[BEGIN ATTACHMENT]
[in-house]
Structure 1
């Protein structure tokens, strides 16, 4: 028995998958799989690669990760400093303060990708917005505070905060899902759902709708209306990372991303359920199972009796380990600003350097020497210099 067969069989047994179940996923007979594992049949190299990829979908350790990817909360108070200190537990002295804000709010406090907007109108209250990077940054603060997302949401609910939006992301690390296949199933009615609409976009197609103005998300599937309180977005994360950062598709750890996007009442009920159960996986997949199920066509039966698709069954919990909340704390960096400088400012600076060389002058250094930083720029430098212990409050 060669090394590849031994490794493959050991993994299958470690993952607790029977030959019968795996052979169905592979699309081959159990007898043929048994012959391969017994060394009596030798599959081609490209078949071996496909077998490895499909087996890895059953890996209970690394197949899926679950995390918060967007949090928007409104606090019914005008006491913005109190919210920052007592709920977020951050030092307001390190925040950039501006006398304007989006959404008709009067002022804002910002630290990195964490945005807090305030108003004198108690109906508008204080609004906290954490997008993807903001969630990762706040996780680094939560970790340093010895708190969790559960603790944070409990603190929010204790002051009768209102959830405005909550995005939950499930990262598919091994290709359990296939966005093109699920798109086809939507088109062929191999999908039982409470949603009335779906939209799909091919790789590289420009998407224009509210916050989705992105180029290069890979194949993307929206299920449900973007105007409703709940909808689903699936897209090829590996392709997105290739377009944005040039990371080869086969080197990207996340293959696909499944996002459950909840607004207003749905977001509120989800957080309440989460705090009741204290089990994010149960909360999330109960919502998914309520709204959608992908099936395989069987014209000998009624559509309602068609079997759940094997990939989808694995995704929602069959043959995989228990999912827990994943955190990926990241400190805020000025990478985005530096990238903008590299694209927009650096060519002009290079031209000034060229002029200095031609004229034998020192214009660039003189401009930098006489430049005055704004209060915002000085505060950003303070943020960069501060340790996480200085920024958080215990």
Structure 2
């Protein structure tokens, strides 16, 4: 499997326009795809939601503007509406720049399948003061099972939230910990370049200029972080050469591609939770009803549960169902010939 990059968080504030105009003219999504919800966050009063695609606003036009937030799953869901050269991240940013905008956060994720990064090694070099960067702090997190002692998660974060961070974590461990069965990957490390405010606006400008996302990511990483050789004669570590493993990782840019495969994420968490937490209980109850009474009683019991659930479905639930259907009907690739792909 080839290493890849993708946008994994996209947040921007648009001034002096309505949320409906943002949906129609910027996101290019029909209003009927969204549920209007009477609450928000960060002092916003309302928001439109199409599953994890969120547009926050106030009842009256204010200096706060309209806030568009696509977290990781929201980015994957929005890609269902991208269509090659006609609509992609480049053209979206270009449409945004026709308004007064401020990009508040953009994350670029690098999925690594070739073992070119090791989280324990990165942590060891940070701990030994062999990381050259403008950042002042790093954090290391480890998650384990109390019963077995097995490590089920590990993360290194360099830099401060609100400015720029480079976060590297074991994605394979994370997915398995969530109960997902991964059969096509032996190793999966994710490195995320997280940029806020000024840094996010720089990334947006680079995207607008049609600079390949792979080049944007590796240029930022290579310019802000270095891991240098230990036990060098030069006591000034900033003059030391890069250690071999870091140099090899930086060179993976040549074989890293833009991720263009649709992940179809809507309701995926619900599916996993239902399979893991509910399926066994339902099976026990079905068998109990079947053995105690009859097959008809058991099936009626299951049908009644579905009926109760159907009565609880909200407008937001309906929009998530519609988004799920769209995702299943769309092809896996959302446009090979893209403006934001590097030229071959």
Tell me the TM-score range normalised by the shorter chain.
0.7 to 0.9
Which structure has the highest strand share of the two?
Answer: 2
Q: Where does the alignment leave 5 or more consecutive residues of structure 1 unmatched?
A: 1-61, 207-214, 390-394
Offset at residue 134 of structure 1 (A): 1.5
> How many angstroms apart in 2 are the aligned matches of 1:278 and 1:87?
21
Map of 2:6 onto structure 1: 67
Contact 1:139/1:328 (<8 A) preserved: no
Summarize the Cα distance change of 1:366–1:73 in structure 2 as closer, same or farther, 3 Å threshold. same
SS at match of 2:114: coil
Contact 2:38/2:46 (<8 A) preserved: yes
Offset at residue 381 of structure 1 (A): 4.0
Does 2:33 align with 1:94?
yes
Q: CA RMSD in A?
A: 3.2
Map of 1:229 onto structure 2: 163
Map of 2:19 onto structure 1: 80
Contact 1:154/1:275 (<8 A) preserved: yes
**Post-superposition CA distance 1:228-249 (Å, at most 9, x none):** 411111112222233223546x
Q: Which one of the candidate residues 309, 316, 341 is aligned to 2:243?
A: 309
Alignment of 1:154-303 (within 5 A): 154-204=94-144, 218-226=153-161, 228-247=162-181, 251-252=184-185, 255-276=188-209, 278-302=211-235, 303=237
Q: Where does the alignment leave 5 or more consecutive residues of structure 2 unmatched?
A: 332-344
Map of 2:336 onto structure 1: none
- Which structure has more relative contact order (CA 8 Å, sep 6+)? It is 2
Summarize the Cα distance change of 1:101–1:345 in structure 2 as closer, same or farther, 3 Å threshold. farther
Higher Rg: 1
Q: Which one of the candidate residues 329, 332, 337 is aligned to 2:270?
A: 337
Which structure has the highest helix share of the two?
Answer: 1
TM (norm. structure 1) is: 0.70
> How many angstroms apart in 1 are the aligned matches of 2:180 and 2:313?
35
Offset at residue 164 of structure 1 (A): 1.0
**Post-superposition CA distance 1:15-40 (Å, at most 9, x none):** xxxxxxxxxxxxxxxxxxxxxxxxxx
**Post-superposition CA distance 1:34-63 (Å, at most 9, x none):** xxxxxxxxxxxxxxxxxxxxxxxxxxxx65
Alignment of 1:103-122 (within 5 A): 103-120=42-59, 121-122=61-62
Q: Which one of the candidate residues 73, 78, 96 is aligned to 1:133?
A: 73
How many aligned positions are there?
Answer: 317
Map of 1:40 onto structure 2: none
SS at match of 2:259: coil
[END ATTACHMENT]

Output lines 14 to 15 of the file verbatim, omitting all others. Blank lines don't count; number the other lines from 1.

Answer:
21
Map of 2:6 onto structure 1: 67